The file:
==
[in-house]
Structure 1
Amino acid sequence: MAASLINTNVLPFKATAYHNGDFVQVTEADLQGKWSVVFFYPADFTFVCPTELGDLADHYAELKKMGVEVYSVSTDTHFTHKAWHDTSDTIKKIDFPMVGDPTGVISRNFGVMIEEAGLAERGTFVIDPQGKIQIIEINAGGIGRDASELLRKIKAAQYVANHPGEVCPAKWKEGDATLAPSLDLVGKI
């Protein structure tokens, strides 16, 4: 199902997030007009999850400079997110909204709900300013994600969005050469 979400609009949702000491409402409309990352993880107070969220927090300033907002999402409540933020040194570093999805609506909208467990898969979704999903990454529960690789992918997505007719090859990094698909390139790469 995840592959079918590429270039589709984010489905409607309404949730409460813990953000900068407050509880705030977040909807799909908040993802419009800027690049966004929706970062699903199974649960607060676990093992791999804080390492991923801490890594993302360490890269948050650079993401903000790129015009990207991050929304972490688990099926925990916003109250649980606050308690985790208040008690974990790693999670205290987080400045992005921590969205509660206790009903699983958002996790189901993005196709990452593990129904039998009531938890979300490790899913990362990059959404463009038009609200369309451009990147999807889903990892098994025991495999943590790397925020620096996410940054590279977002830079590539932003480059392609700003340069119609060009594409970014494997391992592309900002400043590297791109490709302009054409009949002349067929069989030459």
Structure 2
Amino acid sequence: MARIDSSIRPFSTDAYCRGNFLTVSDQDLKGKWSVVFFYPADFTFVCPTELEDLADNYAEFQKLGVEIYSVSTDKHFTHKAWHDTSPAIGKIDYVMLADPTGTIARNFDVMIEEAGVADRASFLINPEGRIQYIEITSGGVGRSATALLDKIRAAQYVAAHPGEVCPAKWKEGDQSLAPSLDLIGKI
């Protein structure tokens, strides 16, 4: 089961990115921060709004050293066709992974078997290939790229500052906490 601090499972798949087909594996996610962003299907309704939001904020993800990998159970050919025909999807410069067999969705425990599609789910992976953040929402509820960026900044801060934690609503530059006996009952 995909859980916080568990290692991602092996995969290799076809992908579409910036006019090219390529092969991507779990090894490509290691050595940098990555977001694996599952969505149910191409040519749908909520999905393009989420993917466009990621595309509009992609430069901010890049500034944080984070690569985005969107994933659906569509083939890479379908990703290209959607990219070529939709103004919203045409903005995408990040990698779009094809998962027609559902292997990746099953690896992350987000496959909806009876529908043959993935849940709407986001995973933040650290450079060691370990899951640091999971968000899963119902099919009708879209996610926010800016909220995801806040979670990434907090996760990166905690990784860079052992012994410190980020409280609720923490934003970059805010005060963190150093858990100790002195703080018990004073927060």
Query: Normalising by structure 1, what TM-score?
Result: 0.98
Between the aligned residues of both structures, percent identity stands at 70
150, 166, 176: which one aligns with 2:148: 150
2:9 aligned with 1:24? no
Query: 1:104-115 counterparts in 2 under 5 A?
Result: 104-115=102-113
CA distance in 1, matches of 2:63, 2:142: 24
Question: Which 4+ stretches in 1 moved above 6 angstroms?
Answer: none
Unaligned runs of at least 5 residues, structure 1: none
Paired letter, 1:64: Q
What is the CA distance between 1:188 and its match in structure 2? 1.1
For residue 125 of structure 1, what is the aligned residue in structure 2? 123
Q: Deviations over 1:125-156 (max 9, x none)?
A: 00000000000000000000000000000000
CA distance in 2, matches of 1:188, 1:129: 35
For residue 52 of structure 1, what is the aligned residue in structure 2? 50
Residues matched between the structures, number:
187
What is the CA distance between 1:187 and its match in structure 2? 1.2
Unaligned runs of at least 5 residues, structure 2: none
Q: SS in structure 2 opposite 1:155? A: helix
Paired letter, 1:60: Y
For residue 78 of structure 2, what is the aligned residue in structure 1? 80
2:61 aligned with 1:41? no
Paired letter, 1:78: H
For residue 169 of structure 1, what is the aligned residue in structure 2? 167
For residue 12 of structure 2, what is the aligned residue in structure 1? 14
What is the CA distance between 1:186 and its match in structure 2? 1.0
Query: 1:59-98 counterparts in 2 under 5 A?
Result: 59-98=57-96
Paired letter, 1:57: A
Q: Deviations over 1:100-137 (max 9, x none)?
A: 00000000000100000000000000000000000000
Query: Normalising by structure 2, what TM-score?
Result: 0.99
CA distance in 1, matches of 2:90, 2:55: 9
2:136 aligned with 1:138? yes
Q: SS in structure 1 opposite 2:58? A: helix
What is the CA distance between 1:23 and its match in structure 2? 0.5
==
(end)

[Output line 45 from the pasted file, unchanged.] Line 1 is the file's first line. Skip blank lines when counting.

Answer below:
CA distance in 1, matches of 2:90, 2:55: 9